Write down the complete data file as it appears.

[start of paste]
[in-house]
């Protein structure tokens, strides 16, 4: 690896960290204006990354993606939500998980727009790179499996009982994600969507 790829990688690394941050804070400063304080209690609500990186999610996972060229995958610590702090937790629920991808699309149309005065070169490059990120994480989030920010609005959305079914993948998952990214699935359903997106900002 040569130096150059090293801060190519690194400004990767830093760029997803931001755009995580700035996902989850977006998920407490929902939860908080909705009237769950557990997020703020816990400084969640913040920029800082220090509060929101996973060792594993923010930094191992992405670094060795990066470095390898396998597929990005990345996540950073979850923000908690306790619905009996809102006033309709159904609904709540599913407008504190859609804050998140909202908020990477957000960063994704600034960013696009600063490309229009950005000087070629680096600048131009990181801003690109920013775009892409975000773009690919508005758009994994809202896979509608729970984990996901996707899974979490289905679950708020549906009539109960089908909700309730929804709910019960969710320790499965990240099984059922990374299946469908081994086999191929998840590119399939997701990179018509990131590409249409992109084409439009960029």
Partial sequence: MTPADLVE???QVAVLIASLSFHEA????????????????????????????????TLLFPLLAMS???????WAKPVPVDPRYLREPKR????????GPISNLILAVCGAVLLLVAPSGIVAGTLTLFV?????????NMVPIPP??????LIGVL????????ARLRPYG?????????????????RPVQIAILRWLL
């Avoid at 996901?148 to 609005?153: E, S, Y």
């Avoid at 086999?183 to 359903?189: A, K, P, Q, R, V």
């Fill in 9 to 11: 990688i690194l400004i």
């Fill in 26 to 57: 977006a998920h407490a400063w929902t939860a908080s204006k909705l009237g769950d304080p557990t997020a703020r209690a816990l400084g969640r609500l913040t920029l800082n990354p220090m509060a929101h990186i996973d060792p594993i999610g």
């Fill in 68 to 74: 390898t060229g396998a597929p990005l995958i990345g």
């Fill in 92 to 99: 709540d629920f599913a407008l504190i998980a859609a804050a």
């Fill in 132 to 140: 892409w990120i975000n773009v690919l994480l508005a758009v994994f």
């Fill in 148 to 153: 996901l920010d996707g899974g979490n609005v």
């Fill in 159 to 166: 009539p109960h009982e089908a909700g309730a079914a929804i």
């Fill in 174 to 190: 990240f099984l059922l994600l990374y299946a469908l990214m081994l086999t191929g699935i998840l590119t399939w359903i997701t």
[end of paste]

[in-house]
């Protein structure tokens, strides 16, 4: 690896960290204006990354993606939500998980727009790179499996009982994600969507 790829990688690394941050804070400063304080209690609500990186999610996972060229995958610590702090937790629920991808699309149309005065070169490059990120994480989030920010609005959305079914993948998952990214699935359903997106900002 040569130096150059090293801060190519690194400004990767830093760029997803931001755009995580700035996902989850977006998920407490929902939860908080909705009237769950557990997020703020816990400084969640913040920029800082220090509060929101996973060792594993923010930094191992992405670094060795990066470095390898396998597929990005990345996540950073979850923000908690306790619905009996809102006033309709159904609904709540599913407008504190859609804050998140909202908020990477957000960063994704600034960013696009600063490309229009950005000087070629680096600048131009990181801003690109920013775009892409975000773009690919508005758009994994809202896979509608729970984990996901996707899974979490289905679950708020549906009539109960089908909700309730929804709910019960969710320790499965990240099984059922990374299946469908081994086999191929998840590119399939997701990179018509990131590409249409992109084409439009960029």
Partial sequence: MTPADLVE???QVAVLIASLSFHEA????????????????????????????????TLLFPLLAMS???????WAKPVPVDPRYLREPKR????????GPISNLILAVCGAVLLLVAPSGIVAGTLTLFV?????????NMVPIPP??????LIGVL????????ARLRPYG?????????????????RPVQIAILRWLL
């Avoid at 996901?148 to 609005?153: E, S, Y």
């Avoid at 086999?183 to 359903?189: A, K, P, Q, R, V």
């Fill in 9 to 11: 990688i690194l400004i």
């Fill in 26 to 57: 977006a998920h407490a400063w929902t939860a908080s204006k909705l009237g769950d304080p557990t997020a703020r209690a816990l400084g969640r609500l913040t920029l800082n990354p220090m509060a929101h990186i996973d060792p594993i999610g």
């Fill in 68 to 74: 390898t060229g396998a597929p990005l995958i990345g």
């Fill in 92 to 99: 709540d629920f599913a407008l504190i998980a859609a804050a």
């Fill in 132 to 140: 892409w990120i975000n773009v690919l994480l508005a758009v994994f």
């Fill in 148 to 153: 996901l920010d996707g899974g979490n609005v």
């Fill in 159 to 166: 009539p109960h009982e089908a909700g309730a079914a929804i």
């Fill in 174 to 190: 990240f099984l059922l994600l990374y299946a469908l990214m081994l086999t191929g699935i998840l590119t399939w359903i997701t």